Morocco is home to one of the largest deserts in the world and also has a beautiful coastline. It is culturally important in both the African and Arab worlds, yet it’s just a hop away from Europe. So where is Morocco?
Morocco is located in the Maghreb Region of North Africa.
Morocco Interesting Facts
- The oldest continually operating university in the world is in Fes, Morocco.
- The city of Ouarzazate in Morocco is known as the “Hollywood of Africa.”
- Morocco was the first country to formally recognize the United States.
Precise Location Coordinates of Morocco
The DMS (Degrees, Minutes, Seconds) coordinates for the center of Morocco are:
- 31° 47′ 30.13” N
- 7° 5′ 33.43” W
The latitude and longitude of Morocco are:
- Latitude: 31.791702
- Longitude: -7.09262
You can see the location of Morocco on the world map below:
Morocco Neighboring Countries
Morocco shares foreign borders with three countries and two major bodies of water. The country’s longest foreign border is shared with Algeria, and there are Spanish enclaves within Morocco’s territory.
Disputed borders are a reality in Morocco — it claims the territory of the Spanish enclaves as its own, and the land designated as Western Sahara is claimed by both Morocco and the Sahrawi Arab Democratic Republic (SADR). Morocco controls the majority of Western Sahara, which makes Mauritania the de facto southern boundary of Morocco.
The neighboring countries of Morocco (MA) are:
- Algeria (DZ)
- Spain (ES)
- Western Sahara (EH)
- Mauritania (MR) – if Western Sahara is considered part of Morocco
Morocco’s maritime borders include the Atlantic Ocean and the Mediterranean Sea. Along with Spain and France, Morocco is one of only three nations to have an Atlantic and Mediterranean coastline.
Administrative Divisions of Morocco
Morocco consists of 12 regions that can be further divided into 62 provinces and 13 prefectures. The current 12 regions have been defined since 2015, one of which lies completely within the territory of Western Sahara. Each region in Morocco is governed by a directly elected regional council.
The most populous region in Morocco is Casablanca-Settat, which has a population of nearly 7 million. The capital of Morocco, Rabat, is located in the Rabat-Salé-Kénitra region, which is the second-most populous in the country.
Geography of Morocco
Morocco covers a total land area of 446,300 km2 (172,300 mi2) without including Western Sahara, or 710,850 km2 (274,460 mi2) not including Western Sahara.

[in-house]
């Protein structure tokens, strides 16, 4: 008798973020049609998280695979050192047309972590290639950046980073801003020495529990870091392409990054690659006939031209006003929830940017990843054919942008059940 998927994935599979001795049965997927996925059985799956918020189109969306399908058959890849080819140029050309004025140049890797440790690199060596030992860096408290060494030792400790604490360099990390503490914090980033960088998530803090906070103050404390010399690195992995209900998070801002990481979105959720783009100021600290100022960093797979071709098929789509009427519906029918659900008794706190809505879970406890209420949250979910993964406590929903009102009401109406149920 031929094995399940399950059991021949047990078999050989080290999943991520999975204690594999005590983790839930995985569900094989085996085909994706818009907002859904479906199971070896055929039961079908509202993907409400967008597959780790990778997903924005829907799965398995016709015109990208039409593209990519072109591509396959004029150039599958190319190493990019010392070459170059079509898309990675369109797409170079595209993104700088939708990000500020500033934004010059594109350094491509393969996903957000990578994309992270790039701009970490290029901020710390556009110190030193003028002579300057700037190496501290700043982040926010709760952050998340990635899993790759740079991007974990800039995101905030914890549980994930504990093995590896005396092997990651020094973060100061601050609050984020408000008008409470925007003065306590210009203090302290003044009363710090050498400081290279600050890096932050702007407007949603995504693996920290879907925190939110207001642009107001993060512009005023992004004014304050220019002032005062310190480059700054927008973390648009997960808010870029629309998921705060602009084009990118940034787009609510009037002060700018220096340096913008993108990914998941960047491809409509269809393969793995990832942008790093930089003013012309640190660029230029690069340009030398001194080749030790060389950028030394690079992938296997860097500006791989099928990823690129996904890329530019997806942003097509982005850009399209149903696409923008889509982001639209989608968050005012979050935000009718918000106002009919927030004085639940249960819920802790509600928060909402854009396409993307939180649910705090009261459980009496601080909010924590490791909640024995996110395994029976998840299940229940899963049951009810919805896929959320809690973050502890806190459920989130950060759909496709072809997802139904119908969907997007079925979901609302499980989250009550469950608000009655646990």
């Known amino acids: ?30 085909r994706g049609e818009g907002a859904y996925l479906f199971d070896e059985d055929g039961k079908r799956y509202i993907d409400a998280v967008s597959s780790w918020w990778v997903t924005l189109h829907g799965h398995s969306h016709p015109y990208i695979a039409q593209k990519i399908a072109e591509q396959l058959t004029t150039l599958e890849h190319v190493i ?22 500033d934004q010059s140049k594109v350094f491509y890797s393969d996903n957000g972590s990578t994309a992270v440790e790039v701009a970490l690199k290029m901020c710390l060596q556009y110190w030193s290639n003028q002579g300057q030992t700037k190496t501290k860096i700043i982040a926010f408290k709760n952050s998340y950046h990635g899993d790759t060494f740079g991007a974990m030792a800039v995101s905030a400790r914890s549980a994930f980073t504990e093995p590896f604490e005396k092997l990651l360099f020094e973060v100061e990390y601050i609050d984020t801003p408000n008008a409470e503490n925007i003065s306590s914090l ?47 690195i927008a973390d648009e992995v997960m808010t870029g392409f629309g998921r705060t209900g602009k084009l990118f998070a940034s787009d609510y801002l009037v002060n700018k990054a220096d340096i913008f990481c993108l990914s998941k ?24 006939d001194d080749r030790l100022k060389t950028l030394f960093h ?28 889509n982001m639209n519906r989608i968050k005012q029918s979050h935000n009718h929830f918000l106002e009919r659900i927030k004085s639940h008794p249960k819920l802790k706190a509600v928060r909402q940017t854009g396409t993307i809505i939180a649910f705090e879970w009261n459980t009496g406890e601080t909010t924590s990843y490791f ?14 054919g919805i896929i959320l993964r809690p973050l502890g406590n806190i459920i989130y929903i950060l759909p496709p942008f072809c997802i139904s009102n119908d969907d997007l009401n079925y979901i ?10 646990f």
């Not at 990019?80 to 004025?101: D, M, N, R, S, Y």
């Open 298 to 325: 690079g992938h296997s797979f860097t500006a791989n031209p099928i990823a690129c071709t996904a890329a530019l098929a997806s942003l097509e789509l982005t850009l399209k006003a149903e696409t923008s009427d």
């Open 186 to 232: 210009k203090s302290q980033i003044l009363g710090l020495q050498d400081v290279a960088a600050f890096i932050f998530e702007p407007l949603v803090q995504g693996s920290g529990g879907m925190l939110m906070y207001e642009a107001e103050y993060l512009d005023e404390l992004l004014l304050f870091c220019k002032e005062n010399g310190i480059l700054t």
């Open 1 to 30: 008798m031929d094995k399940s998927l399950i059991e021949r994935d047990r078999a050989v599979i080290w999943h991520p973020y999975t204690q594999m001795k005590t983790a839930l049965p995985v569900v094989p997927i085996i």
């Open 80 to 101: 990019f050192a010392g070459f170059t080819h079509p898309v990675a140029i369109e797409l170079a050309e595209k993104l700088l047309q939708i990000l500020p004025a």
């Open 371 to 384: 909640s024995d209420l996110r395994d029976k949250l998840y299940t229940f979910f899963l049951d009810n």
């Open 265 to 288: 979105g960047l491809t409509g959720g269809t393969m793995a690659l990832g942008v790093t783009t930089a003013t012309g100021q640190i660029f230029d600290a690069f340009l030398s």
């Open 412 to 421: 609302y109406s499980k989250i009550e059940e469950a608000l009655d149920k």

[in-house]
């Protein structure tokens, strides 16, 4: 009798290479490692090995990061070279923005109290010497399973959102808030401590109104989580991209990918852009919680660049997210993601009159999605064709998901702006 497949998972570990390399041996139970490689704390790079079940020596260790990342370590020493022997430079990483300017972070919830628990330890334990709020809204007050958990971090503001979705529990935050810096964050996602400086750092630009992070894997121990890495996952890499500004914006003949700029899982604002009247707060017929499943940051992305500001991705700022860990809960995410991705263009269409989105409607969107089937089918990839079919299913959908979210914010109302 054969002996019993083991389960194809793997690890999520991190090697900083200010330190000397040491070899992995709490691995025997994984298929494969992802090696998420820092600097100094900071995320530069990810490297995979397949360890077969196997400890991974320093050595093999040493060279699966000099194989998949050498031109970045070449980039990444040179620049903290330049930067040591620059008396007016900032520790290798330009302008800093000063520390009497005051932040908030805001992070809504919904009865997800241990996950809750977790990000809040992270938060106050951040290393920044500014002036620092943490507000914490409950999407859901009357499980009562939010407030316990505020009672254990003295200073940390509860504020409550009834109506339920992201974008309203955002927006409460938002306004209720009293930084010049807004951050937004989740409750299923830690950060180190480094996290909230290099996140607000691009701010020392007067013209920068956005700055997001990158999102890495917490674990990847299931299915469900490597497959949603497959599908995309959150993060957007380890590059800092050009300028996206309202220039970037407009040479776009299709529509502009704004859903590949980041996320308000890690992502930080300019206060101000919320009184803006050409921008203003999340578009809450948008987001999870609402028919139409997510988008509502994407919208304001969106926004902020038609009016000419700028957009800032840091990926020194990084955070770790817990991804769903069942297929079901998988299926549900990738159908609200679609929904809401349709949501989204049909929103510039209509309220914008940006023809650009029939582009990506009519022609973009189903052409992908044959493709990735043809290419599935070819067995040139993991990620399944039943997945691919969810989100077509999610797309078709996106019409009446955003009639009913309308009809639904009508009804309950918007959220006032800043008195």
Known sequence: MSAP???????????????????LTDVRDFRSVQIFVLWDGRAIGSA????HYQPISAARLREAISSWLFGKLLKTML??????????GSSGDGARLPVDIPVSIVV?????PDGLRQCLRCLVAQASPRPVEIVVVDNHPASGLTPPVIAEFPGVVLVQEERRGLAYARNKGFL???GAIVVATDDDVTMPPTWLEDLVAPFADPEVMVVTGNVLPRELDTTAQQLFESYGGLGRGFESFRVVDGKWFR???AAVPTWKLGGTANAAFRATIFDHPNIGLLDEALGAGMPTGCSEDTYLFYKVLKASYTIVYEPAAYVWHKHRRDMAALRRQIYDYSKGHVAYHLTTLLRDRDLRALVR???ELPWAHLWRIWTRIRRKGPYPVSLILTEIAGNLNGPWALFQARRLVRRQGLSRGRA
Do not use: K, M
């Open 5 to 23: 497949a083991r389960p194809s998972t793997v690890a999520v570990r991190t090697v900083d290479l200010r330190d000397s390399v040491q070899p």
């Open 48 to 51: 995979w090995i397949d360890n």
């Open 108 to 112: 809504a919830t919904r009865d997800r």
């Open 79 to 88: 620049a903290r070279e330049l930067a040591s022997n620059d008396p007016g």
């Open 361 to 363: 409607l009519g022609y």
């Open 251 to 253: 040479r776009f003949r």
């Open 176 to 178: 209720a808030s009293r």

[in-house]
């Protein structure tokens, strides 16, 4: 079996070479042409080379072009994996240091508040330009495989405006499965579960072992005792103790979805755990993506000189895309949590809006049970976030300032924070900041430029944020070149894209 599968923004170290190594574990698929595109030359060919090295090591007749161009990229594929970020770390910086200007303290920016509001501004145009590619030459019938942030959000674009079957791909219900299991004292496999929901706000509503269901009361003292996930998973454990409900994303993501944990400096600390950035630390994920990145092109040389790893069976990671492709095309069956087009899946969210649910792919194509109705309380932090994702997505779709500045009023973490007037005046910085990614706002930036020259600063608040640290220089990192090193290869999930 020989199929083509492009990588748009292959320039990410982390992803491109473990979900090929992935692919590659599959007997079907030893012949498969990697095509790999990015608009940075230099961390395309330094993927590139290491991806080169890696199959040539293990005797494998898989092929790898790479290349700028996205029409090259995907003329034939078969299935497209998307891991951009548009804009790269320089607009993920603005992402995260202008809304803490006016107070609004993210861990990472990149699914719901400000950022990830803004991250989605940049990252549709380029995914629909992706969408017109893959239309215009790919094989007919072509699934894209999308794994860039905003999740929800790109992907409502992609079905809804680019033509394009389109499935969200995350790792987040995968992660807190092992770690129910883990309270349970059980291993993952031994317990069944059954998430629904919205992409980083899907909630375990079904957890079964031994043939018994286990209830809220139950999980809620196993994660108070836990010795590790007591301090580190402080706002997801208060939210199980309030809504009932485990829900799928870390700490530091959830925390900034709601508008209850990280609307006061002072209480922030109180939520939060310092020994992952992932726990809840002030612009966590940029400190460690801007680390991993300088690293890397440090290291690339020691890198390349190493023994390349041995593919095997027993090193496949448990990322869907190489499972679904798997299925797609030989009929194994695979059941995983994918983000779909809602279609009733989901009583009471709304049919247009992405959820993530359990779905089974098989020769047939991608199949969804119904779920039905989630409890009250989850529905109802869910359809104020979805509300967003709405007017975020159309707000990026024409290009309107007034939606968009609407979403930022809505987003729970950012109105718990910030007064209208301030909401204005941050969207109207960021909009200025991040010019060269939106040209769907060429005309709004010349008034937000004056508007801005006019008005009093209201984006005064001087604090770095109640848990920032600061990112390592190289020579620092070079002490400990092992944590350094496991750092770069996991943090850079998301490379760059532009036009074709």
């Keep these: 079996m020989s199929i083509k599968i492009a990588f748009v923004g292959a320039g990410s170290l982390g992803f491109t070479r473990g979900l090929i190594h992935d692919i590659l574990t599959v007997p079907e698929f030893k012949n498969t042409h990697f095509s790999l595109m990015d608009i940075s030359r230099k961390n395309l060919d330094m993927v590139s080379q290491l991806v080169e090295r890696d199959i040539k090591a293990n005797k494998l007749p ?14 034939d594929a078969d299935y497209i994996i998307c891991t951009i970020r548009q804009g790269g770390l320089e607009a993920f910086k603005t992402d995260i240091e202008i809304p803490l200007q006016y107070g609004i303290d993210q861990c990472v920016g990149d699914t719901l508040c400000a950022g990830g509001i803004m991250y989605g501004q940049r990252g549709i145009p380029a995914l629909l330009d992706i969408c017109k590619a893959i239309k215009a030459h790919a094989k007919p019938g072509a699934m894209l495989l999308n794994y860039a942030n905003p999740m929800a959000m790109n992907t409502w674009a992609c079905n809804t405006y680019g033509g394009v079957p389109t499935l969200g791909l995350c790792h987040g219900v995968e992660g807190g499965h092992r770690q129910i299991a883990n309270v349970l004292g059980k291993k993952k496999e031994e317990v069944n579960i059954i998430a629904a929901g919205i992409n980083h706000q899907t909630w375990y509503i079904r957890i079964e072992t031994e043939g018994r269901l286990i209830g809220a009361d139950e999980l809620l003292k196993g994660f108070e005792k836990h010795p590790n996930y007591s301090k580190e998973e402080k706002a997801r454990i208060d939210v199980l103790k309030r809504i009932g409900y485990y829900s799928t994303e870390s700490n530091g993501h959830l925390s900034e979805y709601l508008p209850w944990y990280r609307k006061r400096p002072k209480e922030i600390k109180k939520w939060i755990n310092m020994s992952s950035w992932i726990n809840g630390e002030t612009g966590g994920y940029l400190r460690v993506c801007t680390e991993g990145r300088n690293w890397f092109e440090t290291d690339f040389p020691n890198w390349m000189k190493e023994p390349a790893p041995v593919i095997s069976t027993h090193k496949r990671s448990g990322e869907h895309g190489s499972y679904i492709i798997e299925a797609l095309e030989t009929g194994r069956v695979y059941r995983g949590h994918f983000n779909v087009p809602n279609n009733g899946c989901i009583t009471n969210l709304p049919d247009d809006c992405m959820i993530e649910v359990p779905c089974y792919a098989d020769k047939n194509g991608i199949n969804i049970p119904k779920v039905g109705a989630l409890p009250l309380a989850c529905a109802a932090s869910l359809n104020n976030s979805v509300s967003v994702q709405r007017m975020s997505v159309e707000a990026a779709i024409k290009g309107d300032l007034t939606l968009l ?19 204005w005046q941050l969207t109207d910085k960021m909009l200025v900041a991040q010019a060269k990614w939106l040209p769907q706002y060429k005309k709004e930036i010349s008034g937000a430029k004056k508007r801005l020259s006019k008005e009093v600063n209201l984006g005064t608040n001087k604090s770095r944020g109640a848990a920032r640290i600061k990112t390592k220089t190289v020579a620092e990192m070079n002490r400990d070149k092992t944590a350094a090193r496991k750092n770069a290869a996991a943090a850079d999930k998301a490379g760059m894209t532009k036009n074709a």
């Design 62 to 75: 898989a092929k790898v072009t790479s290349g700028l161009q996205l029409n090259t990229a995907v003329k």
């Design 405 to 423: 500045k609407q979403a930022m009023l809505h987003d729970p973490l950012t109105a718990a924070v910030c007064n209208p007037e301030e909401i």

The geography of Morocco is diverse; there are mountains, there is a long, ocean coastline, and there is desert. One of the most dominating features of Morocco’s geography is certainly the portion of the Sahara Desert that lies within its borders.
The Sahara is the largest non-polar desert in the world, and it is separated from Morocco’s largest cities by the Atlas Mountains, which are located in the central and southern sections of the country. The Rif Mountains are located in the northern part of Morocco.
Visitors to Morocco that want to partake in one of many tours available into the Sahara will usually have to cross the Atlas Mountains from one of Morocco’s major cities closer to the coast.
History of Morocco
The history of humans in the area of modern-day Morocco stretches back many thousands of years to at least the Paleolithic Era between 190,000 and 90,000 BCE, maybe even earlier.
The Berber people are indigenous to the area, still make up a significant portion of Morocco’s population, and established the Kingdom of Mauretania in the 3rd century BCE. Centuries later, it became part of the Roman Empire and then was conquered by Arab leaders. During this time it became an important center of Islamic culture and tradition.
The Alaouite Dynasty came into power in the 17th century and has remained the ruling power in Morocco to this day.
In the 19th and 20th centuries, Morocco had to deal with the occupation of its territories by France and Spain, the latter of which still has enclaves within Morocco. Spain established a coastal protectorate in Morocco in 1884, and the Treaty of Fes in 1912 made Morocco a protectorate of France.
Before Morocco gained its independence in 1956, tens of thousands of European colonists entered the country, purchasing land and capitalizing on the modernization of mines and harbors in the country.
Since gaining independence, many political and economic reforms have been made in Morocco, and it has become a modern constitutional monarchy.
People and Culture of Morocco
The two largest ethnic groups in Morocco are Arabs and Berbers, the former accounting for a slightly larger portion of the country’s 37 million people, though many Moroccans can claim both Arab and Berber ancestry. Most of the foreign-born residents of Morocco are French or from West African countries and Algeria.
The Berber people refer to themselves as Amazigh (singular) or Imazighen (plural), as the term Berber is considered by some to be derogatory.
The dominant religion in Morocco is Islam, with almost the entire population identifying as Sunni Muslims. A very small minority of Muslims in the country identify as Shia Muslims, and only around 1% of the population identifies as non-Muslim.
Linguistically, Arabic and Berber are the official languages of Morocco. The Moroccan dialect of Arabic is called Darija, which almost 90% of the country can use to communicate. There are three different dialects of Berber spoken in the country, and French is often used in government, media, commerce, and international relations.